The Kennel Club, which runs the world-famous Crufts show, said the tests showed that the dog, known as Jagger, died on March 7 after returning to his home in Belgium of fast-acting poisons that usually would cause symptoms within three to four hours. That would rule out a poisoning at Crufts, which took place March 5.
"It is highly likely that the poisons, thought to be on a piece of beef, were eaten in Belgium, shortly before Jagger's death," the club said of the results.
The dog ingested aldicarb and carbofuran, two insecticides used in agriculture but not approved in the European Union, the club said.
The Kennel Club said no dogs were shown to be sick at the show and no complaints were made to the police.
The part-owner of Jagger, breeder Jeremy Bott, declined to comment on the results. The office of the vet in Belgium confirmed the results of the tests were in, but referred all comments to the dog's owners.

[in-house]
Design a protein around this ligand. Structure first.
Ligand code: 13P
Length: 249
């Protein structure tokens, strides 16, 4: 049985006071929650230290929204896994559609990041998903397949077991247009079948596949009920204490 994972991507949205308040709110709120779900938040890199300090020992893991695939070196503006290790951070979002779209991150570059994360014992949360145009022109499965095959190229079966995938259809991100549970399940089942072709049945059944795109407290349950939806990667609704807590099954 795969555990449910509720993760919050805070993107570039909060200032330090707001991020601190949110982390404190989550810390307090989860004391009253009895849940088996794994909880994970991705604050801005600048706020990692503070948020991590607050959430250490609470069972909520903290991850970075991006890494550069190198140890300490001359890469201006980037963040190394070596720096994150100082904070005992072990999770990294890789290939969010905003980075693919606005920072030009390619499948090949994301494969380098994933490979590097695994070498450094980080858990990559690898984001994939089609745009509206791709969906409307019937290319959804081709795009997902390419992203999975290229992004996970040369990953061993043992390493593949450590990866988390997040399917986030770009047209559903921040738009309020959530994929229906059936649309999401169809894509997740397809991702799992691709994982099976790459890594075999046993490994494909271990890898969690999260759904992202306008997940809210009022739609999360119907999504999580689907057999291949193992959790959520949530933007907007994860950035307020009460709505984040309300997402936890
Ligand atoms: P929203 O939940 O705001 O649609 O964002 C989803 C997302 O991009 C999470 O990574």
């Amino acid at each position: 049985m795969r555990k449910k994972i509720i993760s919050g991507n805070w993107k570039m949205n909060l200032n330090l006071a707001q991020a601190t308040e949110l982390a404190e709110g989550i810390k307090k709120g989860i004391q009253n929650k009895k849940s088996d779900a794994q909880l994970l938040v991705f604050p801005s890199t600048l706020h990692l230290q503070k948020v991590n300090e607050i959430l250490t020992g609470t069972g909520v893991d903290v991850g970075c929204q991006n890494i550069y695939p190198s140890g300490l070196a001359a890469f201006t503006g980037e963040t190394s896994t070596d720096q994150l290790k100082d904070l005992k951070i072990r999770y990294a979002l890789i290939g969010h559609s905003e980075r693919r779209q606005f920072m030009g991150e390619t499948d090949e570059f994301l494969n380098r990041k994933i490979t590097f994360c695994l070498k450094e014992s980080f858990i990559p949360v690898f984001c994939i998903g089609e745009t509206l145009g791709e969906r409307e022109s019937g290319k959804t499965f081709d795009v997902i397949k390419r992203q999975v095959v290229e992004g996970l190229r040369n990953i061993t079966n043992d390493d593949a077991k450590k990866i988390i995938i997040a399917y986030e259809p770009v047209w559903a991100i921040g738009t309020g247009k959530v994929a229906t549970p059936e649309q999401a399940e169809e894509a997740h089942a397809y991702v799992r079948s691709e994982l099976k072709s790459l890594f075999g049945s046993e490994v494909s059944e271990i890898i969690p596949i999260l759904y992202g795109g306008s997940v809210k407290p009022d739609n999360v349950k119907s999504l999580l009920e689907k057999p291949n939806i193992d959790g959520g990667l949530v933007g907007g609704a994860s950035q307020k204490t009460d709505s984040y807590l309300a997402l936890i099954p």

News of Jagger's death made international headlines when it was revealed last week. Though the co-owners in both Belgium and Britain underscored that they did not believe another competitor to be involved, the mystery of how the dog became ill led to speculation that there might have been some malicious intent.
Canine competitions have long been the subject of rumours about unscrupulous behaviour — including owners slipping drugs to rival dogs.
Crufts is a particularly prestigious show. Founded in 1891, it is Britain's most famous dog event, attracting more than 21,000 competitors from 43 countries this year.
The club asked for space to allow the owners to grieve and urged people to be aware how easily a dog might ingest poison.
Associated Press reporter Raf Casert in Brussels, Belgium contributed to this story.